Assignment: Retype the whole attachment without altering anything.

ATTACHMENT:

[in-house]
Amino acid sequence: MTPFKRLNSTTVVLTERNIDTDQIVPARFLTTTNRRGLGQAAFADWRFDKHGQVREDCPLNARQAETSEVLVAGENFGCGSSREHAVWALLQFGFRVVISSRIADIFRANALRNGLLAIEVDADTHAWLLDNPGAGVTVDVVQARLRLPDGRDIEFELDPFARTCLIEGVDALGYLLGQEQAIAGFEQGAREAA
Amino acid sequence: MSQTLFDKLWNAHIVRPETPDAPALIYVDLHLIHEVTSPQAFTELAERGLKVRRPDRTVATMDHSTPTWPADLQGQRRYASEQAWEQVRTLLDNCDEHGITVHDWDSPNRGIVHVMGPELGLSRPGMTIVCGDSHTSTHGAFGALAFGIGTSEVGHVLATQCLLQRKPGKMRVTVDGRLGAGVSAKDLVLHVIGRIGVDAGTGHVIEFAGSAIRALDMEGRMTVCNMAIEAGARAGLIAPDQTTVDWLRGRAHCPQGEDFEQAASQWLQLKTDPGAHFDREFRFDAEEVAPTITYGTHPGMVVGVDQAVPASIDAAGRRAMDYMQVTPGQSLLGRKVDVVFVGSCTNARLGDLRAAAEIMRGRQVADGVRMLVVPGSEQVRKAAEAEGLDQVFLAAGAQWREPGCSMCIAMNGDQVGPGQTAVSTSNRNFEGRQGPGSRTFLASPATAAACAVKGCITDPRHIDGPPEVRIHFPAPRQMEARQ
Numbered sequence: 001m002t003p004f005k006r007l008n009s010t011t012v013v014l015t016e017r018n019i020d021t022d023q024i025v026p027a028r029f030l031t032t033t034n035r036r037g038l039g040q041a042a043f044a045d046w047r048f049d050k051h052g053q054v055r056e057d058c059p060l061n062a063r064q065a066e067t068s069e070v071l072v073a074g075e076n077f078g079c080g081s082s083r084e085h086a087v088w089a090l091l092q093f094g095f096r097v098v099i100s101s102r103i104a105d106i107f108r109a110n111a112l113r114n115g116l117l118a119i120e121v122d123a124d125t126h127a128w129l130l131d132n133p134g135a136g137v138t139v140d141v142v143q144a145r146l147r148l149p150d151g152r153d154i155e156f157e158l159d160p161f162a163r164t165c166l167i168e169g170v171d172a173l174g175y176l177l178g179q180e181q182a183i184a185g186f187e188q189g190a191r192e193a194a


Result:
[in-house]
Amino acid sequence: MTPFKRLNSTTVVLTERNIDTDQIVPARFLTTTNRRGLGQAAFADWRFDKHGQVREDCPLNARQAETSEVLVAGENFGCGSSREHAVWALLQFGFRVVISSRIADIFRANALRNGLLAIEVDADTHAWLLDNPGAGVTVDVVQARLRLPDGRDIEFELDPFARTCLIEGVDALGYLLGQEQAIAGFEQGAREAA
Amino acid sequence: MSQTLFDKLWNAHIVRPETPDAPALIYVDLHLIHEVTSPQAFTELAERGLKVRRPDRTVATMDHSTPTWPADLQGQRRYASEQAWEQVRTLLDNCDEHGITVHDWDSPNRGIVHVMGPELGLSRPGMTIVCGDSHTSTHGAFGALAFGIGTSEVGHVLATQCLLQRKPGKMRVTVDGRLGAGVSAKDLVLHVIGRIGVDAGTGHVIEFAGSAIRALDMEGRMTVCNMAIEAGARAGLIAPDQTTVDWLRGRAHCPQGEDFEQAASQWLQLKTDPGAHFDREFRFDAEEVAPTITYGTHPGMVVGVDQAVPASIDAAGRRAMDYMQVTPGQSLLGRKVDVVFVGSCTNARLGDLRAAAEIMRGRQVADGVRMLVVPGSEQVRKAAEAEGLDQVFLAAGAQWREPGCSMCIAMNGDQVGPGQTAVSTSNRNFEGRQGPGSRTFLASPATAAACAVKGCITDPRHIDGPPEVRIHFPAPRQMEARQ
Numbered sequence: 001m002t003p004f005k006r007l008n009s010t011t012v013v014l015t016e017r018n019i020d021t022d023q024i025v026p027a028r029f030l031t032t033t034n035r036r037g038l039g040q041a042a043f044a045d046w047r048f049d050k051h052g053q054v055r056e057d058c059p060l061n062a063r064q065a066e067t068s069e070v071l072v073a074g075e076n077f078g079c080g081s082s083r084e085h086a087v088w089a090l091l092q093f094g095f096r097v098v099i100s101s102r103i104a105d106i107f108r109a110n111a112l113r114n115g116l117l118a119i120e121v122d123a124d125t126h127a128w129l130l131d132n133p134g135a136g137v138t139v140d141v142v143q144a145r146l147r148l149p150d151g152r153d154i155e156f157e158l159d160p161f162a163r164t165c166l167i168e169g170v171d172a173l174g175y176l177l178g179q180e181q182a183i184a185g186f187e188q189g190a191r192e193a194a